• If I never hear this nauseating slab of putrescence it’ll be a fraction too soon, one of the many reasons for avoiding your local BBC radio station. (Andy)

1966: Mirror Mirror – Pinkerton’s Assorted Colours. (114)

  • Believe it or not, we studied this record in a music lesson at school! Our groovy music teacher brought in and played some of his favourite records and we did the same. We even studied the charts. This was one of his choices. Dollar’s cover version was quite different, wasn’t it?😉 (Chig)
  • 5 points: for that unmistakable 60s sound and for the girl harmonies at the beginning that St Etienne reproduced so well. (Lucie)
  • I think I have to take up where I left off last year: Most of these Merseybeat stuff are perfectly pleasant and entirely disposable. (Gert)
  • The strings and that other “plunky” thing make me clench my jaw. The rest is innocuous enough to get by. (asta)
  • VERY of it’s time, plinky plinky noises, string backing and a key change. And they say today’s song writing is formulaic! (Gordon)
  • The production is very Mamas and the Papas. OK little song but not the most original thing going. (Will)
  • chirpily inoffensive (diamond geezer)
  • not memorable but seemed pleasant enough to listen to (Alan)
  • Boo. There is nothing “sixties” about this song, except the harmonising, which in itself is unimaginative. It’s L7, man. There’s nothing “good” about this song either. (PB Curtis)

1996: I Wanna Be A Hippy – Technohead. (93)

  • Moronic, brilliant. (betty)
  • Totally daffy. The world needs daffy every once in awhile. (asta)
  • Won me over with their relentless stupidity. (PB Curtis)
  • How I hated this back then. How silly and lovely it sounds now. (Koen)
  • Sounds more like 1992 than 1996. (Simon C)
  • It’s just *noise* – I expect you need drugs to appreciate it, but not the sort of drugs that get you stoned. Wasn’t this beat big in about 1990? (Gert)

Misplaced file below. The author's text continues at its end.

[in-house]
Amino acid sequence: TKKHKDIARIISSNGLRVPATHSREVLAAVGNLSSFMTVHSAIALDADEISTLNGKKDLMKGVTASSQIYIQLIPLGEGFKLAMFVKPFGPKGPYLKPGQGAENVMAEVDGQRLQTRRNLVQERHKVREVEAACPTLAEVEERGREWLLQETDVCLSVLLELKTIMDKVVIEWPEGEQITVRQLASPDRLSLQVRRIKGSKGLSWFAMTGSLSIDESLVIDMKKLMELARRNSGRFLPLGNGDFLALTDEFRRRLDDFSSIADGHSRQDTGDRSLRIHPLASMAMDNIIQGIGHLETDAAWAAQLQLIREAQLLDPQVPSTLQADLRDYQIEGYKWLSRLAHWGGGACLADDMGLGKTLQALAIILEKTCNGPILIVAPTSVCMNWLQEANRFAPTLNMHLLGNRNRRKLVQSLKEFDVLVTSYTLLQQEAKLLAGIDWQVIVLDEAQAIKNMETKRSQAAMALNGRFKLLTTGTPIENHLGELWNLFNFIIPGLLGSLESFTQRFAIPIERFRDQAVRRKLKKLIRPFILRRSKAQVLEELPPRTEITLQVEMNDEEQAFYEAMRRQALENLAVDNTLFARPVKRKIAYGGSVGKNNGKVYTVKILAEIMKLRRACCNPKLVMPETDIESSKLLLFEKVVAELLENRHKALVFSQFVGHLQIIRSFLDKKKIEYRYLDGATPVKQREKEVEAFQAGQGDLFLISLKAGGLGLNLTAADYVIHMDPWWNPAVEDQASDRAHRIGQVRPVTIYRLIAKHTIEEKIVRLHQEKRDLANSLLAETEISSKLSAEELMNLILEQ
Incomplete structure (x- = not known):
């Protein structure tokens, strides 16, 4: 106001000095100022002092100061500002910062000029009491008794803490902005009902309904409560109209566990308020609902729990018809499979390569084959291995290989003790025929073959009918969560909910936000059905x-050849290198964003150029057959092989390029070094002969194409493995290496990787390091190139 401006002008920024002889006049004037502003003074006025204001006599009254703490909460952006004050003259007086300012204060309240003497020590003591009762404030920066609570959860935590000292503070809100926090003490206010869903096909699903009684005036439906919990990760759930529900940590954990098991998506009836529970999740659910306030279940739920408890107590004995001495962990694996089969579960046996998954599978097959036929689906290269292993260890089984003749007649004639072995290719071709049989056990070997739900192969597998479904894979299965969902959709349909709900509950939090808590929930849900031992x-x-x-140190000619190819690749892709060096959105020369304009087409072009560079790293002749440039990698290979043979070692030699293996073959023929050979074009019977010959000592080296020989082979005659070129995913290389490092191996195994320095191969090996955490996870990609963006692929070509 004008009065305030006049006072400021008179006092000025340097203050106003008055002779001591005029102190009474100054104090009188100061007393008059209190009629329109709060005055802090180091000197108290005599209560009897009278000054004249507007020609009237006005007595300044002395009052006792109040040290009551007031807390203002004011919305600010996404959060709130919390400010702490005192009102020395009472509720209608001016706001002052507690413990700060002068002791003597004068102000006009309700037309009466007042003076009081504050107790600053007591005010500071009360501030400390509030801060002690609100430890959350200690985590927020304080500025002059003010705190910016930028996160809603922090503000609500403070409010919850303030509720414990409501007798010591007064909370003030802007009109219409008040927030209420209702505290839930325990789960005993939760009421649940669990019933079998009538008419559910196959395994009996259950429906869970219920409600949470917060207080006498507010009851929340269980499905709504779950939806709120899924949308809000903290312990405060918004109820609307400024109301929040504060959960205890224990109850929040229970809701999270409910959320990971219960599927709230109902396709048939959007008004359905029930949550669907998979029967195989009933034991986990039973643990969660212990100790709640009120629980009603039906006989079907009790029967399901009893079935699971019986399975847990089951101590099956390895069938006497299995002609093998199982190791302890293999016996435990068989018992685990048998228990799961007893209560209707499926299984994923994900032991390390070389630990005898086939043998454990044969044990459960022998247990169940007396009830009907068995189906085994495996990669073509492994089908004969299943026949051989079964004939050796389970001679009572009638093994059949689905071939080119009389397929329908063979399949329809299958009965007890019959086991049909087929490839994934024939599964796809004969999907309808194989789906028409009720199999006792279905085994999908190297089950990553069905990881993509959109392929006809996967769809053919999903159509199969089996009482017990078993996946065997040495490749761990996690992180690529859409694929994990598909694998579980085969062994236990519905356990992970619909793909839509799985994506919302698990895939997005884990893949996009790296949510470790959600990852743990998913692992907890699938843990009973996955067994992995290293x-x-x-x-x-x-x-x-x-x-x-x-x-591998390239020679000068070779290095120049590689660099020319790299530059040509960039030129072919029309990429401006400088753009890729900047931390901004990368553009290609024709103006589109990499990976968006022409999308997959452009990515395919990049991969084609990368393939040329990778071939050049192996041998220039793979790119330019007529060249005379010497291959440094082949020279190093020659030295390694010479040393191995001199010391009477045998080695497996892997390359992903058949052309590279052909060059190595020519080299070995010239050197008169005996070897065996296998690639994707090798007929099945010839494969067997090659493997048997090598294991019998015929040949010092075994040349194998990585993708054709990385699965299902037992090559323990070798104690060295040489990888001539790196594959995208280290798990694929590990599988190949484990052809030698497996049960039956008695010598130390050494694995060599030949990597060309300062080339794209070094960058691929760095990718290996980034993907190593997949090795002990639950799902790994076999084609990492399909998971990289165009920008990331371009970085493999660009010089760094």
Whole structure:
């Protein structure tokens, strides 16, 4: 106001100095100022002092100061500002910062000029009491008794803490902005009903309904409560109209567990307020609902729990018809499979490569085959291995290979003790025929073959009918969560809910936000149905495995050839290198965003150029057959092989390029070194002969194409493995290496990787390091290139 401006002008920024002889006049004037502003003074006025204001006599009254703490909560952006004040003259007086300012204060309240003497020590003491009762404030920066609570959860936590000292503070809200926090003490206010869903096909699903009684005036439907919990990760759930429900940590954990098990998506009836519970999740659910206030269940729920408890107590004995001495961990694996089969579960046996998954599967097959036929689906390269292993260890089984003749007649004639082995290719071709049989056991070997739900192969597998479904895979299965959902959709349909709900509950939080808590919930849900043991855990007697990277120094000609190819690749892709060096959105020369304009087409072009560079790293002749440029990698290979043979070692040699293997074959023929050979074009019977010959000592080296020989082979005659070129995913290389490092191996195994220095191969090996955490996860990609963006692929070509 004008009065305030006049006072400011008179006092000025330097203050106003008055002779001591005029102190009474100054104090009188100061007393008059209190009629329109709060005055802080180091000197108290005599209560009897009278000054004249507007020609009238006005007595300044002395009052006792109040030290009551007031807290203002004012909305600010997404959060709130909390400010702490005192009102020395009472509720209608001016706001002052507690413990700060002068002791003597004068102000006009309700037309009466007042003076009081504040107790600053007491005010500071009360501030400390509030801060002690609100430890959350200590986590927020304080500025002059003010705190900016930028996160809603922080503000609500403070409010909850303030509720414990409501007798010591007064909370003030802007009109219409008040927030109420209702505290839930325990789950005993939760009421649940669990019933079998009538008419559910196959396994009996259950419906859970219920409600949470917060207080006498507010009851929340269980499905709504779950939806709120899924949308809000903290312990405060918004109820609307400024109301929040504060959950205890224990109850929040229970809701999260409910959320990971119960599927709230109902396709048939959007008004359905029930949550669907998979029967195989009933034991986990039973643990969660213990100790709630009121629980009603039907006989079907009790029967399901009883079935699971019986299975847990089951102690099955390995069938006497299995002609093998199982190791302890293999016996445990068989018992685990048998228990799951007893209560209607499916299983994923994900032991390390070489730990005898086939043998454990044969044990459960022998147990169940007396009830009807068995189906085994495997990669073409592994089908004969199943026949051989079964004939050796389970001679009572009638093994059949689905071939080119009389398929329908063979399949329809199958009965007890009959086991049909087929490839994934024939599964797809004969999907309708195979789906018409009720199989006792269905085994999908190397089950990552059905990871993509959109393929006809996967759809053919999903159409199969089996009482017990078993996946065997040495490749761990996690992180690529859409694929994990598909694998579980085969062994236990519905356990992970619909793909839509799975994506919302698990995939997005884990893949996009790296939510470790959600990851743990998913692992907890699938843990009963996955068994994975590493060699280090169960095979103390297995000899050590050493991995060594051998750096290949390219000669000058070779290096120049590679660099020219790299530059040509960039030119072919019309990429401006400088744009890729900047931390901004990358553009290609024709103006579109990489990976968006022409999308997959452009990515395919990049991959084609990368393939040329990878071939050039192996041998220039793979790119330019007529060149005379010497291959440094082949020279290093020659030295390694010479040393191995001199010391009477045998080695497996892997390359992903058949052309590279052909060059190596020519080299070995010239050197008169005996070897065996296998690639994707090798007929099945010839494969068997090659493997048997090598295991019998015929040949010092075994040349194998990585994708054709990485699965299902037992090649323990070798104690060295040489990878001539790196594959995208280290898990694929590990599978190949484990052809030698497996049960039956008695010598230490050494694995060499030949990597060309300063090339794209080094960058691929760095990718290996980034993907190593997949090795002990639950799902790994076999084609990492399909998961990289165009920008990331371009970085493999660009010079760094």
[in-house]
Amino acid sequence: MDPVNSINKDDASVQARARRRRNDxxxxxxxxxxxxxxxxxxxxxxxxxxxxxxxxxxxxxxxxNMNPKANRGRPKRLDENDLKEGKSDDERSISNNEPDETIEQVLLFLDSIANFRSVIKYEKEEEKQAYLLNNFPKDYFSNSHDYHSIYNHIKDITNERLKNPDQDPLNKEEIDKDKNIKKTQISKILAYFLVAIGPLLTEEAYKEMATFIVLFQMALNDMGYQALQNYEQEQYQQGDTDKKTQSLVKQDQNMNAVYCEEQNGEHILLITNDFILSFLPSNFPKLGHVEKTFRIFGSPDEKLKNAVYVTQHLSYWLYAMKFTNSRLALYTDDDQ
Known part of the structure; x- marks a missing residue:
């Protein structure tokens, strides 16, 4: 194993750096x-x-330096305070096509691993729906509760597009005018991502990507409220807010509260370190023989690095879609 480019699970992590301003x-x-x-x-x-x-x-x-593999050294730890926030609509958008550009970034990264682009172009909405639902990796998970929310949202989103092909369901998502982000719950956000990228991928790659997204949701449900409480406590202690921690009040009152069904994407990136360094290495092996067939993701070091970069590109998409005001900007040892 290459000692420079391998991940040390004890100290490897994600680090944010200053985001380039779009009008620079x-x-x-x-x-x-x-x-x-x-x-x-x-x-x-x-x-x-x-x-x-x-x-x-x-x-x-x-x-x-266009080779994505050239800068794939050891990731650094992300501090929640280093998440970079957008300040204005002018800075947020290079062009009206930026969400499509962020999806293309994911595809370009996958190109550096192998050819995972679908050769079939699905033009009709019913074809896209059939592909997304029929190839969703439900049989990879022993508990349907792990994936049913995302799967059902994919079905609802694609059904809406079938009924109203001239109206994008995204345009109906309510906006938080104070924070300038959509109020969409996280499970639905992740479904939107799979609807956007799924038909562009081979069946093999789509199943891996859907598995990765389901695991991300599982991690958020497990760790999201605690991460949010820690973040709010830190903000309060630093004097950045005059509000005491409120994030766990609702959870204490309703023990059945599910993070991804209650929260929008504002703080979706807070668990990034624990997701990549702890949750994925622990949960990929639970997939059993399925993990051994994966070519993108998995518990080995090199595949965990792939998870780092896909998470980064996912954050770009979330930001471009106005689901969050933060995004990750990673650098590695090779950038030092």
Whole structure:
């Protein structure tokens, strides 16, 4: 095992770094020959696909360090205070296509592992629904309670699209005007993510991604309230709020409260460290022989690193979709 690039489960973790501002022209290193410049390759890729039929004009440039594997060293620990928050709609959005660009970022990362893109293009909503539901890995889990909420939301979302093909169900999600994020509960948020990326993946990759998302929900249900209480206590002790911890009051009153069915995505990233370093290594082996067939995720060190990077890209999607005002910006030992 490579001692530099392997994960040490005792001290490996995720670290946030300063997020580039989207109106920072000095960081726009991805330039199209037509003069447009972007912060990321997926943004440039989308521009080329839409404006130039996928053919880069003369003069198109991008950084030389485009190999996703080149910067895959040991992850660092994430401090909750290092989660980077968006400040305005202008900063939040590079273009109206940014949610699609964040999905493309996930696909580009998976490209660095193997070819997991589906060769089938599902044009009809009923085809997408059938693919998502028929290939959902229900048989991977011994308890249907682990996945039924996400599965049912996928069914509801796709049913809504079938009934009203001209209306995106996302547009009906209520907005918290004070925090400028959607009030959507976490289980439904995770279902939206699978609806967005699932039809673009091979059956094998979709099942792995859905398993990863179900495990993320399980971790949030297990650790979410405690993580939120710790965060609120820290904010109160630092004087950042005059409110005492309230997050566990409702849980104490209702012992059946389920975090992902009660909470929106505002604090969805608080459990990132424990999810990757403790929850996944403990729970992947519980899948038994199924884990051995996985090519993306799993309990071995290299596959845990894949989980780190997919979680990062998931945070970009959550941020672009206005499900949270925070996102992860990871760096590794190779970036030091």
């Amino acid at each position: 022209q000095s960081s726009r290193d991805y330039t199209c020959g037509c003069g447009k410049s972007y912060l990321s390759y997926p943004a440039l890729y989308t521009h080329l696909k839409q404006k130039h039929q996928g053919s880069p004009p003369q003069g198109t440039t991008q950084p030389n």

• Despite being only 10 years ago this is such an instantly forgettable record I’m not even sure I ever heard it. (Alan)
  • I think I may have heard this at the time, but familiarity isn’t a factor here – it’s too awful, sorry. If, God forbid, this came on in any club I frequent, it would be time to get some air/head to the gents/go to the bar/hack off my ears. (Will)
  • Everything I hate about techno wrapped up in one neat package. Awful awful awful. (Gordon)
  • Please don’t insult techno by calling this techno. It’s just a novelty record, and it’s crap. (Chig)
  • I speak as a hippy, and no-one who really wanted to be a hippy would ever produce this load of toss. (Stereoboard)

2006: That’s My Goal – Shayne Ward. (58)

  • It’s a real junior prom moment. Somewhere under all that computer enhancement I suspect there lurks an honest-to-god voice. (asta)
  • 4 points: Because anyone who sends me an autographed copy of his album booklet for my 40th birthday deserves big points. I do like this though. As you say, it was the perfect choice of song for his first single. It’s a shame that we voted for Shayne as a British Justin Trousersnake, and Louis Walsh, by putitng nothing but schmaltz on Shayne’s debut album, is turning him into Perry Como. He needs to get a new manager and salvage a pop career, quick! (Chig)
  • I expect it’s a perfectly pleasant song, but it’s over arranged, over produced, and you could drive a ten ton lorry through thegaps in his voice which is just breathy breathy breathiness. (Gert)
  • Thankfully I’ve avoided hearing this till now. At first glance I read it as ‘That’s My Goat’ – surely a far more promising title? (Lucie)
  • A sub-Westlife knock-off, as with Double you can predict the video – young man in a suit, arms outstretched, singing pleadingly into the camera. Ballad by numbers. (Will)
  • bland and characterless, could be absolutely anyone (Alan)
  • A remarkably unexpressive voice matched with an entirely forgettable meander through the scales. (PB Curtis)
  • If an alien visitor was presented with this sample I am sure they would conclude that all good songs had been discovered by 2001 or so, humans now reduced to making what best they can from the sub-standard leftovers. While I’m sure this would have earned some friendly neighbour-votes if entered into Eurovision, I hope such saving graces won’t be available for it in WDITFP. (Simon C)
  • the sound of a barrel being scraped (diamond geezer)
  • All of the quirky bits that make pop music interesting have been ironed out of this one. Minus 500 points, more like. (betty)
  • The best I can say about Shayne Ward is that I’m impressed he knew where to put the apostrophe (I suspect he had help though). (dem)